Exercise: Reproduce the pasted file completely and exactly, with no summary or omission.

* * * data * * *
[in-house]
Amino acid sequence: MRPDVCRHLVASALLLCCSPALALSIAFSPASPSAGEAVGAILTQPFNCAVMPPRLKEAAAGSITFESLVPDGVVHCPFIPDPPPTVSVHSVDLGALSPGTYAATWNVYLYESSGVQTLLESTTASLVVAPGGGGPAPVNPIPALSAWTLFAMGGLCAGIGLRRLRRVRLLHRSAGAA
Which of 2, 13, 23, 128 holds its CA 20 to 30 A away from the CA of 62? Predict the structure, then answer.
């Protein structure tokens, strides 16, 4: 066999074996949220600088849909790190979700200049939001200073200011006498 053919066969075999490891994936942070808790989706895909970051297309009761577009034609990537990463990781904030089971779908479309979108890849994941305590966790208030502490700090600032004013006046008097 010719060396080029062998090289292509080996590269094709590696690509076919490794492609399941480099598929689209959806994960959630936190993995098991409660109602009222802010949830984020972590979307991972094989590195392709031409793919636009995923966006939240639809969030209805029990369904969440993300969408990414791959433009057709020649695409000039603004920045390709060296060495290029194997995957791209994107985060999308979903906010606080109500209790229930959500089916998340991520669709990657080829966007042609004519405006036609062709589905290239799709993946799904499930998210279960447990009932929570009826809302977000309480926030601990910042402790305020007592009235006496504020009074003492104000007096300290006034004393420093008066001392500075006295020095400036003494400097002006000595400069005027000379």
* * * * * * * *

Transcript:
[in-house]
Amino acid sequence: MRPDVCRHLVASALLLCCSPALALSIAFSPASPSAGEAVGAILTQPFNCAVMPPRLKEAAAGSITFESLVPDGVVHCPFIPDPPPTVSVHSVDLGALSPGTYAATWNVYLYESSGVQTLLESTTASLVVAPGGGGPAPVNPIPALSAWTLFAMGGLCAGIGLRRLRRVRLLHRSAGAA
Which of 2, 13, 23, 128 holds its CA 20 to 30 A away from the CA of 62? Predict the structure, then answer.
């Protein structure tokens, strides 16, 4: 066999074996949220600088849909790190979700200049939001200073200011006498 053919066969075999490891994936942070808790989706895909970051297309009761577009034609990537990463990781904030089971779908479309979108890849994941305590966790208030502490700090600032004013006046008097 010719060396080029062998090289292509080996590269094709590696690509076919490794492609399941480099598929689209959806994960959630936190993995098991409660109602009222802010949830984020972590979307991972094989590195392709031409793919636009995923966006939240639809969030209805029990369904969440993300969408990414791959433009057709020649695409000039603004920045390709060296060495290029194997995957791209994107985060999308979903906010606080109500209790229930959500089916998340991520669709990657080829966007042609004519405006036609062709589905290239799709993946799904499930998210279960447990009932929570009826809302977000309480926030601990910042402790305020007592009235006496504020009074003492104000007096300290006034004393420093008066001392500075006295020095400036003494400097002006000595400069005027000379």